Eric Jager
(1918 - 2000)

Robert Cowdery
Wichita, Kansas
No Picture 

The oil industry and the geologic profession lost a true "oil finder" of the Mid Continent are when Eric Jager died in Dallas.  Eric not only found major reserves, but he trained a number of geologists who after working for Eric, founded their own successful companies or became recognized "oil finders" in their own right.

Eric was born in Wichita in July 1918 to a prominent Wichita family.  His mother, Margaret Case Jager was a member of a family that owned a number of lumber yards in the area.  His father, Dr. Thor Jager, was a diagnostician who was widely known and highly respected in a five state area.  His brother was a research M.D. and his sister, a journalist in the Washington D.C. area. 

He received his education in Wichita schools including Wichita East High School where he graduated at the age of 16.  He followed this educational feat by graduating Cum Laude from Harvard, in 1939.  Eric then received an MA in Geology and Petroleum Engineering at the University of Texas, Austin.

While at the University of Texas, Eric met Emma Old of Mt. Pleasant, Texas and to this union were born three children: eric Thor who lives in the Kansas City area, Karen (Jager) Graves who lives in Dallas, and Jan (Jager) Martin of Tucson.  There are also a number of grandchildren.  Charlotte Weidman who worked with Eric for a number of years recalls his devotion to his family.

After receiving his MA, Eric secured employment with Gulf Oil in Wichita.  Among the employees of Gulf at the time were many well known wichita geologists including; Anthony Folger, Wayne Walcher, Bob Carmody, Jack Heathman, and Virgil Cole.

In 1942, Eric entered the Army where he was to serve until 1945.  This period included 18 months of duty in the European Theater at the height of World War II.  Eric was involved in considerable action as a platoon leader and Company Commander of an Armored Reconnaissance Unit of the 3rd Army.  Eric recalled that he saw General George Patton, the Commander of the third Army many times when Patton would arrive at the front lines in a shiny helmet with the sirens on his vehicle screaming.  Eric's service in this dangerous activity earned him the Silver Star, two Bronze Stars, and five campaign stars.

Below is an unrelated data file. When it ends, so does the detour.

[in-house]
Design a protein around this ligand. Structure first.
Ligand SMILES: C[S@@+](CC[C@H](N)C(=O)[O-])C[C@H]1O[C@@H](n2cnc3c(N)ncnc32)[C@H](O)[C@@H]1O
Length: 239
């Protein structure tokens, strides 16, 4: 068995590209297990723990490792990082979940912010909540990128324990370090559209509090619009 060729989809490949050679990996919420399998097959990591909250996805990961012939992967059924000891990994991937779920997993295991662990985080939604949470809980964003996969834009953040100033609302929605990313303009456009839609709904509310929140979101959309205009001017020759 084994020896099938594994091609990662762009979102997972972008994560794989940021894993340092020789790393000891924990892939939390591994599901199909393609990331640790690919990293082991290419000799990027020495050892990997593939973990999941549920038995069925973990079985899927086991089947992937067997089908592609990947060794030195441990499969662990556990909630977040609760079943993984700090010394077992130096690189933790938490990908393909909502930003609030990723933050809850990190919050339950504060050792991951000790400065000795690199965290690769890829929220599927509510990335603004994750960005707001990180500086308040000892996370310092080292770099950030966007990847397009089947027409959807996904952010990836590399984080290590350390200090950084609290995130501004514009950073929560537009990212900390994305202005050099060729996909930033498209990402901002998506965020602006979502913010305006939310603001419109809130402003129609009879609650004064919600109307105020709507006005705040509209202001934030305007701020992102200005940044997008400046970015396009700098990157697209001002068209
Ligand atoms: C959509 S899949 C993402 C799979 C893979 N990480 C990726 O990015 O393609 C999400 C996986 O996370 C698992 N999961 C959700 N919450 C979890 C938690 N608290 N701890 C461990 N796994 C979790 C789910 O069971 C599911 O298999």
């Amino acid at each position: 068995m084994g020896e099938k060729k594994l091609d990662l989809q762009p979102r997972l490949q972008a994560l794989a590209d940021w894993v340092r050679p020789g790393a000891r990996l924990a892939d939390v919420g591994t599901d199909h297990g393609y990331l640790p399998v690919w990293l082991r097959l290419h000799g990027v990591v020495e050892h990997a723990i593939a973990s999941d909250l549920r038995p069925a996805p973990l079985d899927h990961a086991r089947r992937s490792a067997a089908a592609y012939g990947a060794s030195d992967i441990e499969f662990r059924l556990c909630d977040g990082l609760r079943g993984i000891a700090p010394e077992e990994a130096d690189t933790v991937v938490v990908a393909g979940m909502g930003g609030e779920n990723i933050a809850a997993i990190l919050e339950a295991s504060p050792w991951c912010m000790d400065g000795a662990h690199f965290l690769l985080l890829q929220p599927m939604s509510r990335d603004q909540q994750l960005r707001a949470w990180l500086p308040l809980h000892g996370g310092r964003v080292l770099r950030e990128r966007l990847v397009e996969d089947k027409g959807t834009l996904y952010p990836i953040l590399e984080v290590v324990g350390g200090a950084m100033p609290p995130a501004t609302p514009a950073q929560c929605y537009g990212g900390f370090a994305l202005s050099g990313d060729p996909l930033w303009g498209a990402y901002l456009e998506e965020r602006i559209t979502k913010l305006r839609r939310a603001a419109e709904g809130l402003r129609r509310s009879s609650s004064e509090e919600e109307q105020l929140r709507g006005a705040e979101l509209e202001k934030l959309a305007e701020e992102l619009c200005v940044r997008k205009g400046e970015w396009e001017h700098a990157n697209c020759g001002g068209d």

After his discharge, Eric returned to Wichita and was employed by Stanolind Oil for three years.  In 1948, a successful local entrepreneur, R.H. Garvey was investing a considerable amount of the family income in oil.  He was looking for someone to establish an oil company for him.  He selected Eric and Petroleum Inc. was formed.  Eric used an isopach of a seismic interval to find numerous fields in the Stafford County, Kansas area.  Later, Petroleum Inc. expanded until at various intervals it had exploration offices in: Lafayette, Shreveport, Oklahoma City, Dallas, Liberal, Denver, Casper, and Calgary where operations were conducted under the name of Garvey Exploration.  Eric also had the overall responsibility for as many as 16 drilling rigs that operated under the title of Garvey Drilling.

As the company evolved, Eric trained many of the area's successful "oil finders."  The list is long and includes: Jim "Cowboy" Morris, Thornton Anderson, Karl Becker, Fred Stump, Gus Messinger, Dick Linehan, Gene Falkowski, hank Filson, Jay McNeil, Jene Darmstetter, Kenny Johnson, Bill Romig, Dick Zimmerman, Ron Irion, and Joe Moreland.

In 1985, Eric retired after an illustrious career and with the satisfaction of knowing that he had built a successful and dynamic oil company.  With retirement, the opportunity came to enjoy the camaraderie of the "first table" at the Petroleum Club and to enjoy other pursuits such as reading, walking, and travel.

After spending some of their retirement years in Wichita, Emma and Eric moved to Dallas where their daughter, Karen lives.  While in the Wichita area he participated in community affairs including service as a member of the Wichita Symphony Board and involvement with the Wichita Art Association.  He continued this type of activity in Dallas .

Eric was an Emeritus Member of The American Association of Petroleum Geologists having been a member since 1942.  He was also a member of The Kansas Geological Society since 1948.

This man added much to the "oil lore" of Kansas and other areas.  His legacy includes finding oil while training and mentoring other geologists.

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